It may be too soon to sound the all-clear as it pertains to banking system liquidity issues, but market and borrowing data show that the level of stress has subsided. This trend allows the Federal Reserve to return its focus to the economy and inflation as they prepare for their meeting on May 2-3.
Economic data, along with corporate earnings, continue to show a resilient level of growth, supporting consumer spending. Yes, there are some early signs that the Fed actions over the past year on rates and quantitative tightening are beginning to bite. For example, weekly jobless claims are in an uptrend, and Q1 2023 GDP growth was reported at a below-trend level of 1.1%. Nevertheless, overall growth remains positive, and the employment market remains robust as headline unemployment is 3.5%. Within this environment, inflation remains the key variable for the Fed and its outlook on future monetary policy.
Among the various measures of inflation, the personal consumption expenditures, or PCE, index remains the Fed’s favorite. As with all measures, it is core PCE that is more important than the headline number. This week's release of PCE data showed a similar trend to that seen in recent CPI (Consumer Price Index) and PPI (Producer Price Index) reports. The good news is that inflation is trending lower overall. However, core inflation remains sticky at levels that provide the Fed with evidence the job is not done.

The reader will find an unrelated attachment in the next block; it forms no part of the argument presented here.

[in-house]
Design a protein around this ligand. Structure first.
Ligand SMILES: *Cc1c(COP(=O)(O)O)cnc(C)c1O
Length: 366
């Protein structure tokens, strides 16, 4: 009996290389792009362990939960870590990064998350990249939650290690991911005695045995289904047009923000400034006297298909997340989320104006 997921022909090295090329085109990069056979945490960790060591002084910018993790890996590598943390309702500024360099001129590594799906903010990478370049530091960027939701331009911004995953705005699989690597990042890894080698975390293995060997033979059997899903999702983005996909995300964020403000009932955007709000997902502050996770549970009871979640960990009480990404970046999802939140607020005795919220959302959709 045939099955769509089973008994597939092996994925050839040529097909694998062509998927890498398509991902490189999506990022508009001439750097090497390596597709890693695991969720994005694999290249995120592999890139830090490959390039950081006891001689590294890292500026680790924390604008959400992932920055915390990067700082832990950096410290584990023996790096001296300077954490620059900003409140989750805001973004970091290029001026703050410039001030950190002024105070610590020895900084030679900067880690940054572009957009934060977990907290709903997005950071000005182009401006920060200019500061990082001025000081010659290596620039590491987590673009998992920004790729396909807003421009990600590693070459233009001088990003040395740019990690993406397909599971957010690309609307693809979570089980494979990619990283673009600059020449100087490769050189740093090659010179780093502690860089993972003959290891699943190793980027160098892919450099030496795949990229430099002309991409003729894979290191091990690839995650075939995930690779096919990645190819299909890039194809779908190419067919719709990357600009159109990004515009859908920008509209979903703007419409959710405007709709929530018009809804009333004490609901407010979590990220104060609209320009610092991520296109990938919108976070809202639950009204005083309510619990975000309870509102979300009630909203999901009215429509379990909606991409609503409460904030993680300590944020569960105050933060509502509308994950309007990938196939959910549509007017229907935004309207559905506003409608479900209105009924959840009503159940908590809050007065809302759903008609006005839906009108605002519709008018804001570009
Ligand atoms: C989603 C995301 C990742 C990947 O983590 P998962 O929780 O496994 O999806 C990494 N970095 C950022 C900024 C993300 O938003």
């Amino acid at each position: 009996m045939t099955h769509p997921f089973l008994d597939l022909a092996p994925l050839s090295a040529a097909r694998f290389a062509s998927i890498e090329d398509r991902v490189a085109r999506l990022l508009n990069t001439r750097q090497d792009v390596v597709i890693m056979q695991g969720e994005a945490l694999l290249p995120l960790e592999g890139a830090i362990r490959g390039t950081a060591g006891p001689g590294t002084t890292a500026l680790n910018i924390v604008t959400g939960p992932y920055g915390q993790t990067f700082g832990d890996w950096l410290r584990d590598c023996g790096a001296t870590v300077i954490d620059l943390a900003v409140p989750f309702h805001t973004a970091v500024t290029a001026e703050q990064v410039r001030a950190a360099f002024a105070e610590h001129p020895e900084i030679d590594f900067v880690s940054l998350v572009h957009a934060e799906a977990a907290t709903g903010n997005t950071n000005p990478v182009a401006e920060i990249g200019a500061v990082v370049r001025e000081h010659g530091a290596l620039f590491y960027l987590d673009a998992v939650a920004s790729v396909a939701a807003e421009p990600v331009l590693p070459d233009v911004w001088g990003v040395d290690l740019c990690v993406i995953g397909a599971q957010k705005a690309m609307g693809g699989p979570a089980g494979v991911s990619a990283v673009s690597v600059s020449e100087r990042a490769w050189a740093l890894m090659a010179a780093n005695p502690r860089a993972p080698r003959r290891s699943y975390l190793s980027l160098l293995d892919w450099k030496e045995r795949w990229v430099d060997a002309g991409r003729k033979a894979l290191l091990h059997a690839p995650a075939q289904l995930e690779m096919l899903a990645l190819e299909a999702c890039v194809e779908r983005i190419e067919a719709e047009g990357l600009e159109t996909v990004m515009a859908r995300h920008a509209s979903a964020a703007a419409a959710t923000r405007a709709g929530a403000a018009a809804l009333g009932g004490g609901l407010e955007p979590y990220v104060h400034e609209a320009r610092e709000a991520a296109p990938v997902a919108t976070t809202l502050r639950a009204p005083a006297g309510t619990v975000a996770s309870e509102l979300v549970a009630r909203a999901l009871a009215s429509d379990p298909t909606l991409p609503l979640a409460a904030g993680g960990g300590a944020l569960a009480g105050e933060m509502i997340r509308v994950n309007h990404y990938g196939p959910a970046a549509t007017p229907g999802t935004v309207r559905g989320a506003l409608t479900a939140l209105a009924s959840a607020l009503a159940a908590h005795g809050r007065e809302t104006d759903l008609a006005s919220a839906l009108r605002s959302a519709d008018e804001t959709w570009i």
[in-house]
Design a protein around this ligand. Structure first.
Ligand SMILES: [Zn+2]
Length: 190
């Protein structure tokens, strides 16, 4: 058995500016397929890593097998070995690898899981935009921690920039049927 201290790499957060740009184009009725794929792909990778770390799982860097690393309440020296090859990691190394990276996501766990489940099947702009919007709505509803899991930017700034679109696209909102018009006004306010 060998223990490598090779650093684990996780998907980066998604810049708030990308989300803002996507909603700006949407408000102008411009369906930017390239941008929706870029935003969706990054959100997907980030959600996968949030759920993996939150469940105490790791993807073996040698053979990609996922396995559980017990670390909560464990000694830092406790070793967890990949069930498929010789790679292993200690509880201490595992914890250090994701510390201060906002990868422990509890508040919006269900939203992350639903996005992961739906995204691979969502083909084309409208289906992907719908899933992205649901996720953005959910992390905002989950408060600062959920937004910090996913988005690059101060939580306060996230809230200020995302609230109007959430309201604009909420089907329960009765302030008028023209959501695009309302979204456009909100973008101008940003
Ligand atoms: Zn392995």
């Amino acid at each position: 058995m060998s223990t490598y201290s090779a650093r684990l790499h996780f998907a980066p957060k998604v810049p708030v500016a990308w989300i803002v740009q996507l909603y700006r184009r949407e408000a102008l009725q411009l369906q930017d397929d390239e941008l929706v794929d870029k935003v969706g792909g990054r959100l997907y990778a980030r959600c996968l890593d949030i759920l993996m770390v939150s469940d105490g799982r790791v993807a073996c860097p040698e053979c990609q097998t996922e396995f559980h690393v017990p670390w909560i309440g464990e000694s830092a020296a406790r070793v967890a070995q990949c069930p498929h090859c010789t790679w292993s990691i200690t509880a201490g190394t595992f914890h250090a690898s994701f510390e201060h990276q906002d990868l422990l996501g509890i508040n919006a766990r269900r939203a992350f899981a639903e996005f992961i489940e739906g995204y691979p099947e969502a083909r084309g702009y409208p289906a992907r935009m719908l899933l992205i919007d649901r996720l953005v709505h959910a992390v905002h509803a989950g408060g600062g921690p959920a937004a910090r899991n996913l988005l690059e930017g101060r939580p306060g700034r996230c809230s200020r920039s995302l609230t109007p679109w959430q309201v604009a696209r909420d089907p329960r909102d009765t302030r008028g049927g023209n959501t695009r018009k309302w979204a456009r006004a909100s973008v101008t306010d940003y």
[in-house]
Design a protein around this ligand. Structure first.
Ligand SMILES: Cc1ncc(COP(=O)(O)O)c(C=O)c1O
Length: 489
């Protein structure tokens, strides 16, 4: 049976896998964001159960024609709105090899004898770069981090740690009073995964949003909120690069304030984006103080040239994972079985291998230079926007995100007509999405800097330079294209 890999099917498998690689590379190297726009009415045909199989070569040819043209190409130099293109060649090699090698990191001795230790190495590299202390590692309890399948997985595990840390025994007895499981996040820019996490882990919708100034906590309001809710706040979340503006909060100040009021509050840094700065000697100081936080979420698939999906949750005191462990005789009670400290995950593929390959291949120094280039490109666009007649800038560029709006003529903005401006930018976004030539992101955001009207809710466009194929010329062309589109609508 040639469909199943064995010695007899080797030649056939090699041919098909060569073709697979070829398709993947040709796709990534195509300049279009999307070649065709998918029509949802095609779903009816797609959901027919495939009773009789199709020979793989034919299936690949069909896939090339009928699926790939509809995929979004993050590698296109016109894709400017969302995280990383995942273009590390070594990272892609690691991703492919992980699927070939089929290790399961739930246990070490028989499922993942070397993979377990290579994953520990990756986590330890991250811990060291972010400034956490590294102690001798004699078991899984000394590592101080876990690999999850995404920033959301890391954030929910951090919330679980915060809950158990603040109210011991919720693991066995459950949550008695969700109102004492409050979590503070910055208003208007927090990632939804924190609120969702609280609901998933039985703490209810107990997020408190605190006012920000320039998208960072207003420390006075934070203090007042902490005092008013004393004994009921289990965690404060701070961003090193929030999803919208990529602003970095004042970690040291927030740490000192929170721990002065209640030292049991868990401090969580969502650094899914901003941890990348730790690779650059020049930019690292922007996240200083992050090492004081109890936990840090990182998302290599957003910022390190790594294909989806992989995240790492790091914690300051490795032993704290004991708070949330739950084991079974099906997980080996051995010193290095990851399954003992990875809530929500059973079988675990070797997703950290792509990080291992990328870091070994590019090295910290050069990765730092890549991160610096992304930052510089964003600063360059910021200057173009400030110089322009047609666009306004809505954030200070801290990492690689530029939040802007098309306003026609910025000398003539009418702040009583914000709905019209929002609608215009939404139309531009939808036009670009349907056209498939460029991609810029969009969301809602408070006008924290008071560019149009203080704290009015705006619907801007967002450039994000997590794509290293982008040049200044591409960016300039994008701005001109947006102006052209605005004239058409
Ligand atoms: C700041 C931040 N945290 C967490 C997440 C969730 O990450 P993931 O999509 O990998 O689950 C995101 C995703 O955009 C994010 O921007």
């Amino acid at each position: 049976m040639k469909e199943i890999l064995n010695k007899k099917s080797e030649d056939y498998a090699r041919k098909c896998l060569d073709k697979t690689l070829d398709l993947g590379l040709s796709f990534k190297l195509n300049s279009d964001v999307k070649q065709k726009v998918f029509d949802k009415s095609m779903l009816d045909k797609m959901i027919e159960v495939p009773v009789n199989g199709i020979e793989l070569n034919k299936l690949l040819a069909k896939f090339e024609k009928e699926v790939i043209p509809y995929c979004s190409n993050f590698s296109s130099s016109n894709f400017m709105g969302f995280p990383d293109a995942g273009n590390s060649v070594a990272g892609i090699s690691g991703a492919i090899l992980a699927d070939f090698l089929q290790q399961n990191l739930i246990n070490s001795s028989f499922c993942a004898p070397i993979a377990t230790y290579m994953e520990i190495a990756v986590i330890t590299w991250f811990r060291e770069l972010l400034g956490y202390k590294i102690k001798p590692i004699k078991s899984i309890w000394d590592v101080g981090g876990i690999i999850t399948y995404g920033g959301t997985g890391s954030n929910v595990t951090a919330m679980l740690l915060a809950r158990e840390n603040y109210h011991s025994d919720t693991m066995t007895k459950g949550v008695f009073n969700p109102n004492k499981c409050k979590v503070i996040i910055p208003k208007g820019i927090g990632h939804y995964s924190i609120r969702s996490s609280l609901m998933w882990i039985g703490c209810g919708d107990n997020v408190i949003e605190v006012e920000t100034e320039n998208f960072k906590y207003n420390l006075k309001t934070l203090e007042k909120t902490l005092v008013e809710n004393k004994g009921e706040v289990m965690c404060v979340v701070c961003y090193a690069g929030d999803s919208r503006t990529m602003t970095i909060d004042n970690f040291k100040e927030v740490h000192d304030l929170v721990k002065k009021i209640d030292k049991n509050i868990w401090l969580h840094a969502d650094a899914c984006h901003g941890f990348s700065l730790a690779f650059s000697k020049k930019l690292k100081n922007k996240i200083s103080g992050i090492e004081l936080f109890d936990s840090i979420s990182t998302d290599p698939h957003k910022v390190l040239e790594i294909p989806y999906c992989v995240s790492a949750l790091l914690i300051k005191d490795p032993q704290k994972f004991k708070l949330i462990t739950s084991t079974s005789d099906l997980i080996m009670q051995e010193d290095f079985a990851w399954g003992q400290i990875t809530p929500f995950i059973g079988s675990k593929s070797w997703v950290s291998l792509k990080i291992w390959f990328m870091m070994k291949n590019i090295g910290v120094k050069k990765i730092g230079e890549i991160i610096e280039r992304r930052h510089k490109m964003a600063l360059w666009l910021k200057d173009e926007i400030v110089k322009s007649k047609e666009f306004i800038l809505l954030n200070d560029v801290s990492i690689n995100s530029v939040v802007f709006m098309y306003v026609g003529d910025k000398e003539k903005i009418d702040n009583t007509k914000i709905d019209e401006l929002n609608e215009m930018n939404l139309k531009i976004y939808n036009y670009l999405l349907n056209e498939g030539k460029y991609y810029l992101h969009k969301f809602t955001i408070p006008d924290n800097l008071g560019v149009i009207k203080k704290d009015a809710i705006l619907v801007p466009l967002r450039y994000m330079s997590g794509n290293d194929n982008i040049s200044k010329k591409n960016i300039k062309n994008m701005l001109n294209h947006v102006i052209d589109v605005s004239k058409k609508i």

Specifically, headline PCE was up 0.1% and 4.2% year-over-year, while the core number was reported up 0.3% and 4.6% year-over-year. The shorter-term trend shows core PCE over the last three months moving higher at 4.9%, indicating some acceleration. We are now seeing core inflation exceed headline inflation in multiple inflation measures—CPI, PPI, and PCE.
This will make for an interesting discussion at the FOMC meeting May 2-3. Trends in inflation and growth are a bit lower, and monetary policy acts with a lag, meaning the actions already taken will continue to impact the economy, employment and inflation. But has the Fed done enough to get inflation back to its 2% target? The market expects another 0.25% increase this week, after which a pause is expected. That sounds about right to us. Inflation is going in the right direction, but the destination is still ahead.